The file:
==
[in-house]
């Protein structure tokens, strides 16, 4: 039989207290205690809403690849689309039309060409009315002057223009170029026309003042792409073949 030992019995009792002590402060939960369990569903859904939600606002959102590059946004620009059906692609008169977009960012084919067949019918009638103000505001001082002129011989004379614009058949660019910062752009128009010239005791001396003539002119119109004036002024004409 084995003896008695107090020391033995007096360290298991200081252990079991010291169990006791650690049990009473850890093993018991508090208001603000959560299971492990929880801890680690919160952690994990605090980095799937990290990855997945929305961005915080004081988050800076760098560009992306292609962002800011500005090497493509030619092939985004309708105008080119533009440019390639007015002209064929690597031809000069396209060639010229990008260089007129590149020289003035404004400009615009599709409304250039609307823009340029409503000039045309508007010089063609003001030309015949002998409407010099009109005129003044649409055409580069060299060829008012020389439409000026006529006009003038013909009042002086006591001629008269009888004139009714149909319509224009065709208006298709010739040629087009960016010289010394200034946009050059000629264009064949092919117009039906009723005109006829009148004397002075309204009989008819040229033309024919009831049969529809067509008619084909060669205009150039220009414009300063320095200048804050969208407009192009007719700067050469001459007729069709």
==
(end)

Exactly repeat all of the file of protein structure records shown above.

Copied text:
[in-house]
């Protein structure tokens, strides 16, 4: 039989207290205690809403690849689309039309060409009315002057223009170029026309003042792409073949 030992019995009792002590402060939960369990569903859904939600606002959102590059946004620009059906692609008169977009960012084919067949019918009638103000505001001082002129011989004379614009058949660019910062752009128009010239005791001396003539002119119109004036002024004409 084995003896008695107090020391033995007096360290298991200081252990079991010291169990006791650690049990009473850890093993018991508090208001603000959560299971492990929880801890680690919160952690994990605090980095799937990290990855997945929305961005915080004081988050800076760098560009992306292609962002800011500005090497493509030619092939985004309708105008080119533009440019390639007015002209064929690597031809000069396209060639010229990008260089007129590149020289003035404004400009615009599709409304250039609307823009340029409503000039045309508007010089063609003001030309015949002998409407010099009109005129003044649409055409580069060299060829008012020389439409000026006529006009003038013909009042002086006591001629008269009888004139009714149909319509224009065709208006298709010739040629087009960016010289010394200034946009050059000629264009064949092919117009039906009723005109006829009148004397002075309204009989008819040229033309024919009831049969529809067509008619084909060669205009150039220009414009300063320095200048804050969208407009192009007719700067050469001459007729069709």